A Lutheran minister and a family court judge in the small Prussian City of Brandenburg, Lothar Kreyssig had been responsible as a guardian for several hundred mentally retarded children, youths and adults. In 1940, death certificates of his wards, both Jewish and Christian, began to accumulate on his desk. Kreyssig publicly charged the Nazis with the systematic extermination of mentally and physically impaired people, and demanded that Himmler stop this so-called "Operation Mercy Killing"; his plea was of course refused. The Nazis warned him to stop his investigations and it is astonishing that Kreyssig was not sent to prison or a concentration camp. However he was forced to resign as a judge, and returned to parish ministry. Kreyssig became one of the most outspoken, members of the "Confessing Church". He understood his commitment to speak out against the Nazis to be a moral and political obligation for every Christian.
After the war, Lothar Kreyssig felt deeply the tremendous failure of Christians in denying their responsibility for what had happened between 1933 and 1945. He strongly believed that the Holocaust was the most profound crisis in the history of Christianity, and searched for ways to atone for the outrageous crimes committed by Germans.

However, the first ARSP volunteers did not work in the countries originally envisioned in the "Call for Peace."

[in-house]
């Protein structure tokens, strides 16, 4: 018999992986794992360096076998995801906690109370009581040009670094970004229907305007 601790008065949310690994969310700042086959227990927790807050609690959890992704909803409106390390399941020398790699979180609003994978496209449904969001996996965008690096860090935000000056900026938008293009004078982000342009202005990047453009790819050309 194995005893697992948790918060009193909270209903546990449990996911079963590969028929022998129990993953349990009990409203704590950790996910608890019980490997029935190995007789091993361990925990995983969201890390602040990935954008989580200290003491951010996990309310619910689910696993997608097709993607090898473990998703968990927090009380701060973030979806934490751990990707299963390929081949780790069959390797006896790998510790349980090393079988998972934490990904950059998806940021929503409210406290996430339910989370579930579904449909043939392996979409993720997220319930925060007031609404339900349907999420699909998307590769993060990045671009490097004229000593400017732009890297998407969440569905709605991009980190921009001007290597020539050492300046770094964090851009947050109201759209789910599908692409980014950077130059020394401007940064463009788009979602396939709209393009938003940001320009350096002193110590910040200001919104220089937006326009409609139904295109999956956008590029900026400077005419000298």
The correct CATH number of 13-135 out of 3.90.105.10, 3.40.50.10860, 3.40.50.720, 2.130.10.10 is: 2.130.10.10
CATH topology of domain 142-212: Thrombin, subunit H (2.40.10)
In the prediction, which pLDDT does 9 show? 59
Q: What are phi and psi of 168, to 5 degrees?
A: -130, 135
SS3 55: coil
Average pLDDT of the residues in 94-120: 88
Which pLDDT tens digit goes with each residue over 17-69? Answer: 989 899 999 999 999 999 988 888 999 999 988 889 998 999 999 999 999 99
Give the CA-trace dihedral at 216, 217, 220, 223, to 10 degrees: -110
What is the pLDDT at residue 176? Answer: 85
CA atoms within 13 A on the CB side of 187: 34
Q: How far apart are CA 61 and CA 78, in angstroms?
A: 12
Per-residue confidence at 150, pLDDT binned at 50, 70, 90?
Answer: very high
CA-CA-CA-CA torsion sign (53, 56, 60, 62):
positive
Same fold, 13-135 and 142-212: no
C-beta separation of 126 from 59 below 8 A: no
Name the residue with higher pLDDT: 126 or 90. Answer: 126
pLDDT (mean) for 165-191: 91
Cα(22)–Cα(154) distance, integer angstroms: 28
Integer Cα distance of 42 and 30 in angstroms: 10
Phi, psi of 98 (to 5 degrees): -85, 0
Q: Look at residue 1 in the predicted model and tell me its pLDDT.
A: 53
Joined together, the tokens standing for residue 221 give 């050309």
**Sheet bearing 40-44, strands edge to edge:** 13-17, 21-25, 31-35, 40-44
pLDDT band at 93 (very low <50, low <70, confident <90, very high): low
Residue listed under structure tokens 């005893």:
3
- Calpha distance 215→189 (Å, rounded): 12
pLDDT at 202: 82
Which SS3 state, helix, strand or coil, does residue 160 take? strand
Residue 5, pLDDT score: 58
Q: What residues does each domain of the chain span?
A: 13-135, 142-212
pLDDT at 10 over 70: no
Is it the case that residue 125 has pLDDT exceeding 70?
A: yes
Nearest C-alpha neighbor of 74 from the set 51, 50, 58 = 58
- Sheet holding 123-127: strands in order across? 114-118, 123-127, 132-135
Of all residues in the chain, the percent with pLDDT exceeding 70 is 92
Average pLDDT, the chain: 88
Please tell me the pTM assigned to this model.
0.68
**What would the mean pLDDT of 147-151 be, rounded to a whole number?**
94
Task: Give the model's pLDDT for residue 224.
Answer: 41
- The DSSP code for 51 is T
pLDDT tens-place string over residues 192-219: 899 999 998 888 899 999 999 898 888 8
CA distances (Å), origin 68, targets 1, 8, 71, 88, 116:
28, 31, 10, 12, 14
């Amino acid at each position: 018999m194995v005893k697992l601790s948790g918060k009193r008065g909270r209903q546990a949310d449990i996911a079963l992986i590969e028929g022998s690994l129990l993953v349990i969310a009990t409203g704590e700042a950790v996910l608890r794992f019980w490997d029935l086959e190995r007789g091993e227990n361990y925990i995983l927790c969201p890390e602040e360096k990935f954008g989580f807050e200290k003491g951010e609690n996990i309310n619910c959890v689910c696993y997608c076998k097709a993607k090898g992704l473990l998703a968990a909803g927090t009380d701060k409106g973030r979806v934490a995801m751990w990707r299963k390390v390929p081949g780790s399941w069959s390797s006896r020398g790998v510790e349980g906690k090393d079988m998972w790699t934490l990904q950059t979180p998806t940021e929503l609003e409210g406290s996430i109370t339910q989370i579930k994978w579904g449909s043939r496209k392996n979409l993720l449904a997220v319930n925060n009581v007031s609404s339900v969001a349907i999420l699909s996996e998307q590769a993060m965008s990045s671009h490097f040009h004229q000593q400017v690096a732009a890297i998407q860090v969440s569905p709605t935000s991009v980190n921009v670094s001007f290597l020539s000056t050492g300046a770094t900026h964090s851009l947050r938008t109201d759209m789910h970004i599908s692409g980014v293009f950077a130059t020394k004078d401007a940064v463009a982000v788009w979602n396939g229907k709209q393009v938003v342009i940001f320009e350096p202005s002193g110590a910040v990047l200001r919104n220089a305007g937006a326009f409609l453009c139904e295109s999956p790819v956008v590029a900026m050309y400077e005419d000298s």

The wounds in Poland, Russia and Israel were still too deep, and the Cold War had begun. Instead, ARSP started working in Western and Southern Europe.

The first volunteers were young people who had been trained in construction and other practical skills. Unions and Protestant ministries in industrial, working-class areas recruited them. Many of the volunteers quit their jobs to be part of this new exciting venture, sometimes against the will of their parents.

First Projects In Host Countries

1959 - The Netherlands
A Dutch group invited German volunteers to help build a recreational center for workers from Rotterdam in Oudorp. The Netherlands was the first country to respond positively to Kreyssig's "Call for Peace."

1960 - Norway, Greece and Yugoslavia
Volunteers traveled to Norway to rebuild a church in Koklev, a village completely destroyed by the German army.
In Servia, Greece, another burnt village, volunteers constructed a water reservoir.
Volunteers also helped build houses in Skopje, Yugoslavia, an area devastated by an earthquake.

1961 - England, France and Israel
In England, an International Youth Encounter Center was built by ARSP volunteers at the site of the ruins of the Coventry Cathedral, which had been bombed by the German Air Force in 1940.
In France, volunteers built a synagogue in Villeurbanne, a suburb of Lyon, where Nazis had murdered almost the entire Jewish population.
Volunteers also helped construct the Church of Reconciliation in Taize, a small village in Southern France where refugees from occupied Northern France had been hidden in an empty castle by a Protestant community.
After the Eichmann trial and long negotiations, Israel allowed the first ARSP volunteers to work in Kibbutz Urim. Later, volunteers helped to build the Jewish Institute for the Blind in Jerusalem.

1967 - Poland